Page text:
Skip to main content
padlock icon - secure page this page is secure

Growth and Nutritional Biomarkers of Preterm Infants Fed a New Powdered Human Milk Fortifier: A Randomized Trial

Buy Article:

$52.00 + tax (Refund Policy)

Objectives:

The aim of this study was to assess growth and nutritional biomarkers of preterm infants fed human milk (HM) supplemented with a new powdered HM fortifier (nHMF) or a control HM fortifier (cHMF). The nHMF provides similar energy content, 16% more protein (partially hydrolyzed whey), and higher micronutrient levels than the cHMF, along with medium-chain triglycerides and docosahexaenoic acid.Methods:

In this controlled, multicenter, double-blind study, a sample of preterm infants ≤32 weeks or ≤1500 g were randomized to receive nHMF (n = 77) or cHMF (n = 76) for a minimum of 21 days. Weight gain was evaluated for noninferiority (margin = –1 g/day) and superiority (margin = 0 g/day). Nutritional status and gut inflammation were assessed by blood, urine, and fecal biochemistries. Adverse events were monitored.
Results:

Adjusted mean weight gain (analysis of covariance) was 2.3 g/day greater in nHMF versus cHMF; the lower limit of the 95% CI (0.4 g/day) exceeded both noninferiority (P < 0.001) and superiority margins (P = 0.01). Weight gain rate (unadjusted) was 18.3 (nHMF) and 16.8 g · kg−1 · day−1 (cHMF) between study days 1 and 21 (D1–D21). Length and head circumference (HC) gains between D1 and D21 were not different. Adjusted weight-for-age z score at D21 and HC-for-age z score at week 40 corrected age were greater in nHMF versus cHMF (P = 0.013, P = 0.003 respectively). nHMF had higher serum blood urea nitrogen, pre-albumin, alkaline phosphatase, and calcium (all within normal ranges; all P ≤ 0.019) at D21 versus cHMF. Both HMFs were well tolerated with similar incidence of gastrointestinal adverse events.
Conclusions:

nHMF providing more protein and fat compared to a control fortifier is safe, well-tolerated, and improves the weight gain of preterm infants.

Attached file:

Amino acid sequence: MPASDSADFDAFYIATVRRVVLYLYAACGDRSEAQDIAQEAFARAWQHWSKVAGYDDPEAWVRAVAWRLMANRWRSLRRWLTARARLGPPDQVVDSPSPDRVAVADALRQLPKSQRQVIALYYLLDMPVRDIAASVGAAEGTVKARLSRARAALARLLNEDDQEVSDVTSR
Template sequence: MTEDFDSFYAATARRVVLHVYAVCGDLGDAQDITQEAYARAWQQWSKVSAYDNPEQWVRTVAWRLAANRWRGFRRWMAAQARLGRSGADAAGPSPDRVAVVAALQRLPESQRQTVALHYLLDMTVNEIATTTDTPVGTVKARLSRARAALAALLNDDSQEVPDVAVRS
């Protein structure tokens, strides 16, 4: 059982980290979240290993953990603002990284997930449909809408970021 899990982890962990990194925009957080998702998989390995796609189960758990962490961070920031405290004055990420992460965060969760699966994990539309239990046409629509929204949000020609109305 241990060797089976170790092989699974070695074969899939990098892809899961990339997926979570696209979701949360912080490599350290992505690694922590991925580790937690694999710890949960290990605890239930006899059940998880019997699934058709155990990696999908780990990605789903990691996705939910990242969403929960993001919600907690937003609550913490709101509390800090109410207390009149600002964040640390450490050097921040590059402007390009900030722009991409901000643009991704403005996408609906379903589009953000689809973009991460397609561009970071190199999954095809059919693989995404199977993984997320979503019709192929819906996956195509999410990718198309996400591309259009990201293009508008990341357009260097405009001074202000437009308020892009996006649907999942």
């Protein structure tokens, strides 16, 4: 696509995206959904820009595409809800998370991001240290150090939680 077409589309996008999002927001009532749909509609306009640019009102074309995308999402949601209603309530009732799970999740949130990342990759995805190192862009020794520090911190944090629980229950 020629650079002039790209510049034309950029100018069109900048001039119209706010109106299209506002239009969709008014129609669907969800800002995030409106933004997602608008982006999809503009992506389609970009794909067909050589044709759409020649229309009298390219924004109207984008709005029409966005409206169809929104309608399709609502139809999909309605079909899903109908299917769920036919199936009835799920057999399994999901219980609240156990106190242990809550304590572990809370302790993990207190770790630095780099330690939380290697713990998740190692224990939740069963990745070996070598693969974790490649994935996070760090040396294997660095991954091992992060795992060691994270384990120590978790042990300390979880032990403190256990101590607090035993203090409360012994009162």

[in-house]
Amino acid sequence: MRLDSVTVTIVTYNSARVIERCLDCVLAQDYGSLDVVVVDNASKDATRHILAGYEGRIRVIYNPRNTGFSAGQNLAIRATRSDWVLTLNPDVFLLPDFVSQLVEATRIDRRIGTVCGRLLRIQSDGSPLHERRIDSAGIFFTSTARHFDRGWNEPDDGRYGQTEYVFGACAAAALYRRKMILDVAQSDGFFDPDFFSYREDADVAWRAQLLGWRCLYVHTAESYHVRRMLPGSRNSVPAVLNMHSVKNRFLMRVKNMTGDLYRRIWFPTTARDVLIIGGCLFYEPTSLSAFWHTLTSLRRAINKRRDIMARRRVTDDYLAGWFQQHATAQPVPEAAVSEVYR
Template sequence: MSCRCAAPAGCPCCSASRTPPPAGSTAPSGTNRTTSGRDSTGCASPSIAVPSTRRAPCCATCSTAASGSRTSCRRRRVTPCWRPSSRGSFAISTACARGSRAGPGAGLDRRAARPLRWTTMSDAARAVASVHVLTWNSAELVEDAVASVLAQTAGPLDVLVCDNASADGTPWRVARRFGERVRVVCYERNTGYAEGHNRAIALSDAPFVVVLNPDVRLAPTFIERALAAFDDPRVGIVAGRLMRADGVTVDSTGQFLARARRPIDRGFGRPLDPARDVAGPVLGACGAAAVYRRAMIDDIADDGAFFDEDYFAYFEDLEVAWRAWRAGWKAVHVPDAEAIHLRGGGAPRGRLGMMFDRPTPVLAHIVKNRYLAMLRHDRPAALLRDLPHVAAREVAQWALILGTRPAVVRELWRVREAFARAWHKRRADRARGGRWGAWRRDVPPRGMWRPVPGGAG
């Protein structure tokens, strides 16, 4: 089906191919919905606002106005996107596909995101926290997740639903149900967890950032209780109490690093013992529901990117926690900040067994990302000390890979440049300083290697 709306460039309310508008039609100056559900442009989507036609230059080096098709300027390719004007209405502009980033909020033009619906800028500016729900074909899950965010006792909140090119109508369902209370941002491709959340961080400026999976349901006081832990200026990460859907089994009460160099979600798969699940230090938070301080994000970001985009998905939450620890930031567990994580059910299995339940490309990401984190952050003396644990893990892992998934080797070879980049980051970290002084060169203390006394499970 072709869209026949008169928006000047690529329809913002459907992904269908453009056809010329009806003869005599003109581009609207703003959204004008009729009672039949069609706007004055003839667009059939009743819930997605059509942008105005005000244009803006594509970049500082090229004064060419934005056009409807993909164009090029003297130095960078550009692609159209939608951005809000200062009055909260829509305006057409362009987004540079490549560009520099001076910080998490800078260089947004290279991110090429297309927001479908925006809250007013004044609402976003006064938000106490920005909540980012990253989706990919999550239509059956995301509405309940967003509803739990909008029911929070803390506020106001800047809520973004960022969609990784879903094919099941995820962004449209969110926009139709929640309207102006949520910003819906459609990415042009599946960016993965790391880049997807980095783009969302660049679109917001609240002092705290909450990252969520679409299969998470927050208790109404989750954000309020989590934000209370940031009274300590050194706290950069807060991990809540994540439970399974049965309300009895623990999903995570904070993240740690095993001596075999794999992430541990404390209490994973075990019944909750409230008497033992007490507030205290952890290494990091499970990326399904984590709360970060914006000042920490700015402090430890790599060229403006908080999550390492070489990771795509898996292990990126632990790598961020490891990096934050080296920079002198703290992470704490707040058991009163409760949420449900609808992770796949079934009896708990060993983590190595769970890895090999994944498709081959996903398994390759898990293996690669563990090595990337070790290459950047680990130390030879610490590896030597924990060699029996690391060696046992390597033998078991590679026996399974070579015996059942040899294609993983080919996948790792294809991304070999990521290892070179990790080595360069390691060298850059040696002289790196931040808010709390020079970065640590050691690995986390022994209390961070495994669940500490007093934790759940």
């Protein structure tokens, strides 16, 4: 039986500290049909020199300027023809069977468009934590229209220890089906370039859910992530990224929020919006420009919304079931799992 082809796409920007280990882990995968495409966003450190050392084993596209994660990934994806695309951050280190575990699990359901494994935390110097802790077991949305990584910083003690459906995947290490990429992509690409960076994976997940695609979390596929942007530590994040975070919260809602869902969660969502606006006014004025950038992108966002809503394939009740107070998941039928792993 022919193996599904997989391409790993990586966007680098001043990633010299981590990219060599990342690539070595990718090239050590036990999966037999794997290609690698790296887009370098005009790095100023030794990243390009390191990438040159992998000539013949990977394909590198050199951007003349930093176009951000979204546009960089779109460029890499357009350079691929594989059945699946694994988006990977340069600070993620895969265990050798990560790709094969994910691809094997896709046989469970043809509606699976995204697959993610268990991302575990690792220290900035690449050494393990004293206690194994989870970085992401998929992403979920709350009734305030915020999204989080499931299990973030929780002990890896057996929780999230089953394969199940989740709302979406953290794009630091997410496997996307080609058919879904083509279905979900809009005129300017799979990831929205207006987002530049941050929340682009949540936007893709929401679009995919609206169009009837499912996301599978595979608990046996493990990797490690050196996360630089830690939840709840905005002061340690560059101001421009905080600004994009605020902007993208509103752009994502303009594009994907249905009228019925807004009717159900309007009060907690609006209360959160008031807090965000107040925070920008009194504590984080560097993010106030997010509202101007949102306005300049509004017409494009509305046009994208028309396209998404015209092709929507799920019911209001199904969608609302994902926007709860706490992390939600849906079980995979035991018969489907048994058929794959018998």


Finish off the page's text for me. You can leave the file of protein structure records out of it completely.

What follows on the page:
No Reference information available - sign in for access.
No Citation information available - sign in for access.
No Supplementary Data.
No Article Media
No Metrics

Keywords: growth; human milk; low birth weight

Document Type: Research Article

Affiliations: 1: Department of Neonatology, University of Liège, CHR Citadelle, Liège, Belgium 2: Maternité Régionale Universitaire A. Pinard, Nancy 3: CIC Pédiatrique 1401 INSERM-CHU, Bordeaux 4: Service de Neonatologie, Hôpital de la Croix Rousse, Lyon, France 5: Neonatal Intensive Care Unit, Department of Clinical Science and Community Health, Fondazione IRCCS “Ca’ Granda” Ospedale Maggiore Policlinico, University of Milan, Milan, Italy 6: Hôpital Couple Enfant, CHU de Grenoble, Grenoble 7: Hôpital Clocheville, CHU de Tours, Tours, France 8: Klinikum Westbrandenburg GmbH, Potsdam, Germany 9: Centre Hospitalier Universitaire Vaudois and University of Lausanne, Lausanne, Switzerland 10: Hôpital Clemenceau, CHU de Caen, Caen, France 11: Nestlé Clinical Development Unit, Lausanne, Switzerland 12: Nestlé Nutrition R&D, Vevey, Switzerland 13: Nestlé Nutrition R&D, King of Prussia, PA 14: Children's Hospital of Lucerne, Lucerne, Switzerland.

Publication date: October 1, 2017

  • Access Key
  • Free content
  • Partial Free content
  • New content
  • Open access content
  • Partial Open access content
  • Subscribed content
  • Partial Subscribed content
  • Free trial content
Cookie Policy
X
Cookie Policy
Ingenta Connect website makes use of cookies so as to keep track of data that you have filled in. I am Happy with this Find out more